Pastor, author, and seminary teacher John Van Sloten investigates vocations in his insightful book Every Job A Parable: What Walmart Greeters, Nurses & Astronauts Tell Us About God. Published by NavPress, who kindly sent me a copy to review via the Tyndale Blog Network, this book speaks of our Creator God, Who works in and through us in all kinds of work.

As the author of this highly recommended book explains, “The first step may be submitting to the fact that creation really is filled with the thoughts of God, that you are meant to grasp those thoughts, that work is a place where that can happen, and that none of this can happen apart from God’s Spirit illumining your way.”

Equally important, “For this process to play out in an effective way, we need to be very familiar with the God of the Bible. Without a deep knowledge of the God of the Scriptures (the Old Testament and the New) we won’t be able to recognize his signature moves in creation.”

For example, “Sanitation workers image a God who cleans and maintains his creation. Their work points to a central tenet of our Christian faith: that God is a God who cleans up our lives (justifies us through the humble, selfless, servant-like work of Christ) and then keeps them clean (maintains and sanctifies us via the ongoing work of the Holy Spirit).”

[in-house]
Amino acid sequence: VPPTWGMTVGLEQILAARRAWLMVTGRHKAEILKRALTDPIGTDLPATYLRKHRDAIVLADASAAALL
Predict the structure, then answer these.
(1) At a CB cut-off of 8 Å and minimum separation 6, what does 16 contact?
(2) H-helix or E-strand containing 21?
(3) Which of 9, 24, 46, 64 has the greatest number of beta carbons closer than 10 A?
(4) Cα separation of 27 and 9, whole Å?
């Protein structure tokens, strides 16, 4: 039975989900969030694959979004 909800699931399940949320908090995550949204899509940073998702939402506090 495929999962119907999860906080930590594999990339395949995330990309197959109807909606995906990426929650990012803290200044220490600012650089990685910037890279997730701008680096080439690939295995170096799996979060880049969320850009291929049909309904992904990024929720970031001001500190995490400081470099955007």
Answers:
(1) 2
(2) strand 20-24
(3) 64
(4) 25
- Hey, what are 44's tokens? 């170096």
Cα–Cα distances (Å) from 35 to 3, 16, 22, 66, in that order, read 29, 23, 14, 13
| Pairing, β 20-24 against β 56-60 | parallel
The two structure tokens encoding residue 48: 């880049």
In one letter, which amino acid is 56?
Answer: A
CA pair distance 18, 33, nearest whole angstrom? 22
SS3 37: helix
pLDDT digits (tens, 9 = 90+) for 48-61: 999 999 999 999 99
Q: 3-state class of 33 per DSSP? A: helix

In the parables, Jesus used everyday jobs to illustrate deep spiritual truths, for instance, in His stories involving vineyard workers, judges, and farmers, the latter of whom know “they need to submit to and trust an entire ecosystem of outside forces” – all of which remain under God's care-filled management.

Then “the deeper we enter into an awareness of God’s presence at work, the more we will know him as the providential source of all things. As we experience him through our creativity, rationality, sense of timing, physical skills, or entrepreneurialism, we will be reminded that all of these good gifts – just like the sun and the rain – come from (God’s) gracious hand.”